Callison Architecture

Management: William Karst, CEO; Robert Tindall, president; Steve Epple, COO

Specialty: Retail, hospitality, corporate, health care, residential and mixed-use

Year founded: 1975

2002-03 revenues (ended Sept. 30): $68 million

Projected 2003-04 revenues: $73 million

Largest current projects: Ayala Center, Manila; Meydenbauer Center, Bellevue; City Center, Doha, Qatar

Photo courtesy Callison Architecture
Ayala Center, Manila

Business is good, locally and globally, for Seattle’s Callison Architecture, with $68 million in gross revenues for the 2002-3 fiscal year (up from $62 million in 1999-2000) and predictions of $73 million in the coming year, an anticipated 8 percent increase, according to President Robert Tindall.

Employment is up, too, from 395 in May 2002 to 410, approaching the firm’s peak workforce of 415 prior to the Sept. 11, 2001, terrorist attacks.

Locally, the firm is focused on the Meydenbauer Center expansion, a wrap-around development that includes three office towers, a hotel tower and 150,000 square feet of retail space.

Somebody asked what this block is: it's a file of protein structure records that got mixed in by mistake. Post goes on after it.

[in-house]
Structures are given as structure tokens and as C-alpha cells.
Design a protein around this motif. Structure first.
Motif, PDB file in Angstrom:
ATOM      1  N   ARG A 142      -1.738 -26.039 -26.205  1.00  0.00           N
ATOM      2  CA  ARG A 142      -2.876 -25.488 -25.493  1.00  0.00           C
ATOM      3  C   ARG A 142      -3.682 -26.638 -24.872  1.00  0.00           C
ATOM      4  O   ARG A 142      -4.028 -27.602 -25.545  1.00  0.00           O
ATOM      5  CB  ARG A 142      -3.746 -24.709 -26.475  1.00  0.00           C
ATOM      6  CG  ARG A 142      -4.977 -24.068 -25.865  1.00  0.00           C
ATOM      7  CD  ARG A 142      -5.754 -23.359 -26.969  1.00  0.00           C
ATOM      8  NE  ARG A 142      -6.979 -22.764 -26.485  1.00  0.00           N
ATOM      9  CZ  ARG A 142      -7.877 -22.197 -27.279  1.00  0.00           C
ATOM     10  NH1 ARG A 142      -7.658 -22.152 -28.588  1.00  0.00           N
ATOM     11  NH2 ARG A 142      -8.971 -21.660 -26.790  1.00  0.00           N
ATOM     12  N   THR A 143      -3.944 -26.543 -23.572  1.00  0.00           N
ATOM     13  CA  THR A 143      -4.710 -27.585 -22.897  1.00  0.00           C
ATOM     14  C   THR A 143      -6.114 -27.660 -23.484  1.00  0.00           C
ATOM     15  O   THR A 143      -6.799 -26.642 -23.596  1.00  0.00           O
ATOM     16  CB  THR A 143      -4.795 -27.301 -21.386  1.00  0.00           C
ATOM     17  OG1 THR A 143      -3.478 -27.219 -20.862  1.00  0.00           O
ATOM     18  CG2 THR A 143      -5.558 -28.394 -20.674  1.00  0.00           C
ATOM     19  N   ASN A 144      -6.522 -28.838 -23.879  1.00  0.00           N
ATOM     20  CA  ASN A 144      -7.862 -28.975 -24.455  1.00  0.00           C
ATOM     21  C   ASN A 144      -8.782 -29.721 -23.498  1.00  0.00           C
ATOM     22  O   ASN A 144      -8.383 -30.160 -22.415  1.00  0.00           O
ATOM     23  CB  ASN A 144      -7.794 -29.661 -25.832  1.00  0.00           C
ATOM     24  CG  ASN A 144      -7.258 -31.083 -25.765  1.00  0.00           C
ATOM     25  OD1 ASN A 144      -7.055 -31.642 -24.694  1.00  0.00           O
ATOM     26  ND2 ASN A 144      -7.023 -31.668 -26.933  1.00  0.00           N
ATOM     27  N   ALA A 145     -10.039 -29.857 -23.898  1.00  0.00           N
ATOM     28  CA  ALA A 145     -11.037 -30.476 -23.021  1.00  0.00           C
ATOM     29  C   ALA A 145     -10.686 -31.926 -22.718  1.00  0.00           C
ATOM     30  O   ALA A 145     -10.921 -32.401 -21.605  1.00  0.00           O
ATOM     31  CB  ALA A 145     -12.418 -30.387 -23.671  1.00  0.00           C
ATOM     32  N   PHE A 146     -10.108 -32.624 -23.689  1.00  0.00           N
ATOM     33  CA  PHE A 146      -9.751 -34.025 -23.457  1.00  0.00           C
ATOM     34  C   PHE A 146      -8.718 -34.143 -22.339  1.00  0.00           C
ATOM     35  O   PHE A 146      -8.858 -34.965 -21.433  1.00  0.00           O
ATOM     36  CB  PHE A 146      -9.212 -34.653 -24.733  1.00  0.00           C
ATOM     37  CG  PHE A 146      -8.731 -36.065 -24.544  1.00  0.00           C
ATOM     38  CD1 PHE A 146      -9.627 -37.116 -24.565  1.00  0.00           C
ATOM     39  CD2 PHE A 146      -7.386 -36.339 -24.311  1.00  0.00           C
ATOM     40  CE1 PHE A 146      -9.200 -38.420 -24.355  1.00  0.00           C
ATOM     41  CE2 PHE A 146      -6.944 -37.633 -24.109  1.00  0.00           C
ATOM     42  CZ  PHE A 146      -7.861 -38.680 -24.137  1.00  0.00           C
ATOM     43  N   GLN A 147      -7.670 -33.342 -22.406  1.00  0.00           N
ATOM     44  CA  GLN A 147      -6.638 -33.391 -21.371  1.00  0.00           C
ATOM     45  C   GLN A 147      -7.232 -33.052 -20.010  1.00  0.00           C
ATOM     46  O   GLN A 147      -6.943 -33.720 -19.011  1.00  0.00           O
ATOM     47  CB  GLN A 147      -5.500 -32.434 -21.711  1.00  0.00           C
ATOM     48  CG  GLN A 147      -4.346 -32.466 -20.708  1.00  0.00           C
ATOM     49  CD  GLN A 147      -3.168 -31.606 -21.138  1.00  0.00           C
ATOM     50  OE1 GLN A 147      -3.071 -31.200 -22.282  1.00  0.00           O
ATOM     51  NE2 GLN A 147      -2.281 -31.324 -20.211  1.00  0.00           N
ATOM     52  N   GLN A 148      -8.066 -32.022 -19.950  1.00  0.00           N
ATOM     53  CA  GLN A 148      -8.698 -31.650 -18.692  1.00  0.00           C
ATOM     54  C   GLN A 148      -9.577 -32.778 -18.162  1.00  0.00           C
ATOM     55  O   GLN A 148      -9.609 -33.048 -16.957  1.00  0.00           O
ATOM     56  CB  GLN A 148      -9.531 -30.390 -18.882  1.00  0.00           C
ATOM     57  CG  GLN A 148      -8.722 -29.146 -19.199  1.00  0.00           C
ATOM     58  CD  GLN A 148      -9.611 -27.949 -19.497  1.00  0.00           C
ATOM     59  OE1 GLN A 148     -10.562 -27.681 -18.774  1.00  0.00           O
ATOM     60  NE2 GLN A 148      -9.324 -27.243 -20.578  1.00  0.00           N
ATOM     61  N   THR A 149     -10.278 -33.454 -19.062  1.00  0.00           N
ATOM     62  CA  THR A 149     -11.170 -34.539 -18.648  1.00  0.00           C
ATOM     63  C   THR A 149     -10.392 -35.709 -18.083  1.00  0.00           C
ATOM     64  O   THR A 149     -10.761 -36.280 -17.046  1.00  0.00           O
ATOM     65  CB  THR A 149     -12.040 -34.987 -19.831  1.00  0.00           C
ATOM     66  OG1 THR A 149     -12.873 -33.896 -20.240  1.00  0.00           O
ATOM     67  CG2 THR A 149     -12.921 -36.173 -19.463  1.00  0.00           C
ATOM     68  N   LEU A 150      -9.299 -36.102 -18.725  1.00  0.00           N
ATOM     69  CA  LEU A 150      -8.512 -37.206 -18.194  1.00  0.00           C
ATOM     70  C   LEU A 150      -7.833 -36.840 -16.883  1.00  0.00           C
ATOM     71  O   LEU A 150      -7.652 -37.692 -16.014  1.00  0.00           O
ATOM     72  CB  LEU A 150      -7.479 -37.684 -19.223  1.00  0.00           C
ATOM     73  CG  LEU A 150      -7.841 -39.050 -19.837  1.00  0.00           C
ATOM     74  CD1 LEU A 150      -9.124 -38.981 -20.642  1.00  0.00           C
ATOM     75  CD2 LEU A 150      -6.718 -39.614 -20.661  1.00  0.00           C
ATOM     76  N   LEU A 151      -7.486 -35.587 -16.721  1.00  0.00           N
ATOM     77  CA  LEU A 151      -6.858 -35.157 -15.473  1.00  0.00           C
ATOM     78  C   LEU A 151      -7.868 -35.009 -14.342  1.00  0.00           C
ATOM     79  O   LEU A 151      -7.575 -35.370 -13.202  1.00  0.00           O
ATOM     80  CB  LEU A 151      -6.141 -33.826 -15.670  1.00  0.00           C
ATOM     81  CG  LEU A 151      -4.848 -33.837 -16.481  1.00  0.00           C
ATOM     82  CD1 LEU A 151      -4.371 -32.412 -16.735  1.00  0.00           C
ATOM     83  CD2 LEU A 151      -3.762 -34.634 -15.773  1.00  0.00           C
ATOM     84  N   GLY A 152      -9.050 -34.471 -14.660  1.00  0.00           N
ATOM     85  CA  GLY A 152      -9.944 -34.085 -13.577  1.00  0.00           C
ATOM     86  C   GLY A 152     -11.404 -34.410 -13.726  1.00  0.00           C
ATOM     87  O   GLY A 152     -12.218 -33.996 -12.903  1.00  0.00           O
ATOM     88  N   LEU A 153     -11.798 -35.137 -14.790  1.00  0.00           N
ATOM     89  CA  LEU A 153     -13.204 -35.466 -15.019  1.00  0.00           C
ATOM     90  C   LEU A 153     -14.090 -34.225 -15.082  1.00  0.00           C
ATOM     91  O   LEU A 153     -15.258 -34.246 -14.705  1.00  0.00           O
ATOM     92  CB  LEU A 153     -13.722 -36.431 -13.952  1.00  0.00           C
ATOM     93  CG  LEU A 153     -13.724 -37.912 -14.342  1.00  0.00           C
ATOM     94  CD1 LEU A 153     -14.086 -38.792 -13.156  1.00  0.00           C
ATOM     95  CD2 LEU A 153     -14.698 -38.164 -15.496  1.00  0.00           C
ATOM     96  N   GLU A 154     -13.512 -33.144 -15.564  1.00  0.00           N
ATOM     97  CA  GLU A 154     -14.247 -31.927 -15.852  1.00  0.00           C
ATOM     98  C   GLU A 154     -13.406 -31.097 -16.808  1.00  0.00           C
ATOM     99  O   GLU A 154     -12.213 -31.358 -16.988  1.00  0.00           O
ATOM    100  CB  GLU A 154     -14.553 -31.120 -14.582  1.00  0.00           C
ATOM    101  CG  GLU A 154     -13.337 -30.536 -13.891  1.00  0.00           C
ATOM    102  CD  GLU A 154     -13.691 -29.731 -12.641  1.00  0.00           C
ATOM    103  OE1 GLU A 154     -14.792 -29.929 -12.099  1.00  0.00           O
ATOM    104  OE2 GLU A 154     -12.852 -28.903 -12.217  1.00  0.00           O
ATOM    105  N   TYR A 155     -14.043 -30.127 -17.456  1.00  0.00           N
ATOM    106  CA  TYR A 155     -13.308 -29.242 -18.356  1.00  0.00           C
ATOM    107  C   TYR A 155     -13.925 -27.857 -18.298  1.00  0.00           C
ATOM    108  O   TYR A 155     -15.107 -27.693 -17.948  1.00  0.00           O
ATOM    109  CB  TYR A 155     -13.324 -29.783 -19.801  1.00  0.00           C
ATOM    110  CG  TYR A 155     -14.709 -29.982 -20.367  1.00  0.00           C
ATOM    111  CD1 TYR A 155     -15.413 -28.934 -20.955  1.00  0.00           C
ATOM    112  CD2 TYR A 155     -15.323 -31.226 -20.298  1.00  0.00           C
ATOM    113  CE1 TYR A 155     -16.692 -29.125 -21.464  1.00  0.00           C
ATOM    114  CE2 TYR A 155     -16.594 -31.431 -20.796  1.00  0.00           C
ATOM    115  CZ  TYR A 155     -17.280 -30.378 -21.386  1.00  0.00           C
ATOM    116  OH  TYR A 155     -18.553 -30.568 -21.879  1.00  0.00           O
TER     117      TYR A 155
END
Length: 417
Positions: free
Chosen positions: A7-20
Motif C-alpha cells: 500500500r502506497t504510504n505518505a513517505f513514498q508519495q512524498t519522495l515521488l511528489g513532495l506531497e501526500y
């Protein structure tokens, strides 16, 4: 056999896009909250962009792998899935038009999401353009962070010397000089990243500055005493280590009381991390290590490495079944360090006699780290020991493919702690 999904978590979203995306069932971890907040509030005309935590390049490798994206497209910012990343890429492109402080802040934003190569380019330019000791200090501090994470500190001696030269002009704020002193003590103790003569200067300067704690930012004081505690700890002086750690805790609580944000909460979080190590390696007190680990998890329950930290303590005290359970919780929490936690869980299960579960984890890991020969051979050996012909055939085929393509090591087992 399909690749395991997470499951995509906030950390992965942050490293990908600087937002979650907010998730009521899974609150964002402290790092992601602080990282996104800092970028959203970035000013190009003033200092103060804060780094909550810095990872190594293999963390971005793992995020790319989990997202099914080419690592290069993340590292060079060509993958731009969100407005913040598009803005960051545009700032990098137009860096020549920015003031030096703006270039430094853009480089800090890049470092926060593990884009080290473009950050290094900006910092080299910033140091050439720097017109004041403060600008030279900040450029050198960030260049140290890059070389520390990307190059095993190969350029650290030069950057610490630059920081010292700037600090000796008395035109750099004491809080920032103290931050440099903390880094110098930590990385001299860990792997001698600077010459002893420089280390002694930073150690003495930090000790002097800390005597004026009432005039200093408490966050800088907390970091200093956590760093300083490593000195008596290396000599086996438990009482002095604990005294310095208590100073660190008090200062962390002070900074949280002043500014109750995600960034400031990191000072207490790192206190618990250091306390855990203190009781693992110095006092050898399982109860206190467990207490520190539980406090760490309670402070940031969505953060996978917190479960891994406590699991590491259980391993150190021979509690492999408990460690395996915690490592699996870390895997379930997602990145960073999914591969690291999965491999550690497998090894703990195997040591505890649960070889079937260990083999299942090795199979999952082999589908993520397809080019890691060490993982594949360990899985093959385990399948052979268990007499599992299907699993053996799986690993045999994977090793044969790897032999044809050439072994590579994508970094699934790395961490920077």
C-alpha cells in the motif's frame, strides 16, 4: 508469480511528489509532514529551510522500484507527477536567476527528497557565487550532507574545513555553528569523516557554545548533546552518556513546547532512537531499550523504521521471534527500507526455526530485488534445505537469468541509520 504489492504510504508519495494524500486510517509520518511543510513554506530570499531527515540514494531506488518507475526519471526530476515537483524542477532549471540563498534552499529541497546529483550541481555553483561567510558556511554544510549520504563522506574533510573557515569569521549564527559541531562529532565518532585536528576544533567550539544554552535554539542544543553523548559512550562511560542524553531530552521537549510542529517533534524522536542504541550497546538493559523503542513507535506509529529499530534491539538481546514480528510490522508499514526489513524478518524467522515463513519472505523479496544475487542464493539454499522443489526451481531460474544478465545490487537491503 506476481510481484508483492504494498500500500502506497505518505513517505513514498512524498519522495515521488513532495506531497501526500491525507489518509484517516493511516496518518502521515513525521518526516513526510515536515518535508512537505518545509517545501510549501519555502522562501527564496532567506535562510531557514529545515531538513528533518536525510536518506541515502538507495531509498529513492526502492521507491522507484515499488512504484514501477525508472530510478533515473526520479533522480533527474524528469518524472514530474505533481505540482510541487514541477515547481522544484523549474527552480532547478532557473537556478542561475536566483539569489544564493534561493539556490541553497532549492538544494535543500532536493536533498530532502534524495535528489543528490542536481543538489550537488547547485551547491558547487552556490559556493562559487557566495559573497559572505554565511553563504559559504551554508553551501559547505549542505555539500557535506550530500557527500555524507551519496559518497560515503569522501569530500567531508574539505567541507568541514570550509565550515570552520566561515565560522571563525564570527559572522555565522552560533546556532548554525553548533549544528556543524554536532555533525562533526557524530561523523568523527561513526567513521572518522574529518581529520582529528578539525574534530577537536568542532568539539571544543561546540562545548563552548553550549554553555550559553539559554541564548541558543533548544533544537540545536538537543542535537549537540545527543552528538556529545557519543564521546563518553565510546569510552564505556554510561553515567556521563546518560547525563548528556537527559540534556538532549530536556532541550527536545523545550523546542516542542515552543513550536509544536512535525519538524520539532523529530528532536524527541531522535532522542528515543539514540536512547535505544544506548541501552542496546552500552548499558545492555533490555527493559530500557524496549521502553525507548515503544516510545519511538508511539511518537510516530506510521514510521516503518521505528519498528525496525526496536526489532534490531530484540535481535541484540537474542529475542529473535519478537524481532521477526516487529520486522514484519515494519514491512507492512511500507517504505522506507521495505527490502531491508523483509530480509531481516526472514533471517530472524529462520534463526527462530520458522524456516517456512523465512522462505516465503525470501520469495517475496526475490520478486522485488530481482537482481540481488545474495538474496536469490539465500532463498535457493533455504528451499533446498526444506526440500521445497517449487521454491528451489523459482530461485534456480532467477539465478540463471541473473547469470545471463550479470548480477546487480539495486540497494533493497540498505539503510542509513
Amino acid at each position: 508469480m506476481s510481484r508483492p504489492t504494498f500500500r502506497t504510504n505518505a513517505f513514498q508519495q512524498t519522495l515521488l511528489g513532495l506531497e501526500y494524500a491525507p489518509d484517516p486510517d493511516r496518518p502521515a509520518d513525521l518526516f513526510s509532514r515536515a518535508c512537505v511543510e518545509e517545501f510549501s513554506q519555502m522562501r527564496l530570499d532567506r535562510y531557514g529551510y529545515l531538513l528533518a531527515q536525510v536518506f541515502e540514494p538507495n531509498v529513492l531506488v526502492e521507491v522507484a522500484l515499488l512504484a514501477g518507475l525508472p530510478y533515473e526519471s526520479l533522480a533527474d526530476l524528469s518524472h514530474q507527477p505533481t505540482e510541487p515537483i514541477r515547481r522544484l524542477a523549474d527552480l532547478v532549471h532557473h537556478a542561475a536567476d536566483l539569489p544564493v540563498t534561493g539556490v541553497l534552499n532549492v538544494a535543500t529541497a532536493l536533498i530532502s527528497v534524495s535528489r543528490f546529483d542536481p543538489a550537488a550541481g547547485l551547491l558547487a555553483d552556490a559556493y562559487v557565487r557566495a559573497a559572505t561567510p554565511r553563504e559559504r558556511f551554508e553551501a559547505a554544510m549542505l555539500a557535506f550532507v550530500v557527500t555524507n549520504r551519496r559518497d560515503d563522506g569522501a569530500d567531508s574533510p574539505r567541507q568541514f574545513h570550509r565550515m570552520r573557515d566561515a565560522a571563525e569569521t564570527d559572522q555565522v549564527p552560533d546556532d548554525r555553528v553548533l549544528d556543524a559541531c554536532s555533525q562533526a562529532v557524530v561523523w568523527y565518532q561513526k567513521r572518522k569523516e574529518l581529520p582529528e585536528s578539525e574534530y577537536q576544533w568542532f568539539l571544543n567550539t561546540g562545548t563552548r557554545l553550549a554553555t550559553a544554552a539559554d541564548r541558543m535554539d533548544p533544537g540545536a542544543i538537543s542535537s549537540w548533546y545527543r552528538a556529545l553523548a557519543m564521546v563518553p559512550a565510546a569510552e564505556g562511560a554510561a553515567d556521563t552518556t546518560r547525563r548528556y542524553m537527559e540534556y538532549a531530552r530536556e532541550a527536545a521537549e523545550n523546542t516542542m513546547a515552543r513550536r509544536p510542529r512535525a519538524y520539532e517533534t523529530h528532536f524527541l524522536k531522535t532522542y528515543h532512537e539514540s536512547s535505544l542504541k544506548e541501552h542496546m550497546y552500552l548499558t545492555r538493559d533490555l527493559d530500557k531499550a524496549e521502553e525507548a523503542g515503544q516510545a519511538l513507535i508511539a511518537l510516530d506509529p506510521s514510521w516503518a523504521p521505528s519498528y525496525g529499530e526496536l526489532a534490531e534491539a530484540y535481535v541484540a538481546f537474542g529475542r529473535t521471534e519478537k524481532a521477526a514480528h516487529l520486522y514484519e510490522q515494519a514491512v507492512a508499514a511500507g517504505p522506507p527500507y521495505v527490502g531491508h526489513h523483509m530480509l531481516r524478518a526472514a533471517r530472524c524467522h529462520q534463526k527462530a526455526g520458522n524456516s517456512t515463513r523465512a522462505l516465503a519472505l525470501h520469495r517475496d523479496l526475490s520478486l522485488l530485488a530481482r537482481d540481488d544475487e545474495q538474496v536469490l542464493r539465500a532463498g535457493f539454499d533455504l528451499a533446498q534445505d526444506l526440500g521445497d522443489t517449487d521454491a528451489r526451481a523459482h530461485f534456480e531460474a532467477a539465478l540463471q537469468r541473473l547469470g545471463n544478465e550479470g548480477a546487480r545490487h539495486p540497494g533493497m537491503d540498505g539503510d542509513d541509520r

“We’re also working with a number of cities to plan and re-plan urban cores to make them more viable for development,” Tindall said. “Retail seems to be the driver for those mixed-use projects, with housing over the top. But the downside is the current litigation issue with condos that’s slowing these developments.

Affordable housing in mixed projects is where we’re going and our laws have not adjusted yet to protect our developers.”

Globally, Callison’s Insight Alliance partnership with two other major architectural firms — convention center designer Thompson, Ventulett, Stainback & Associates of Atlanta and Honolulu-based hotel and resort designer Wimberly Allison Tong & Goo — is paying off.

Tindall recently returned from a trip to the Middle East where he’s been working on the Dubai Cityscape project. The firm has also begun a large master-planning project in Doha, Qatar.

“It’s a full-island development with hotels, residential, commercial, office space and retail, a massive project involving dredging and fill in the harbor. We’re working with Wimberly on it,” he said.

Through the Insight Alliance’s ability to compete for large projects, Callison is looking at how it can serve new clients in the Middle East and Asia, particularly in China, another developing market that already includes design work for a portion of a “couple hundred million-dollar” project there.

“We want and need more presence is those areas, but not necessarily branch offices,” he said.

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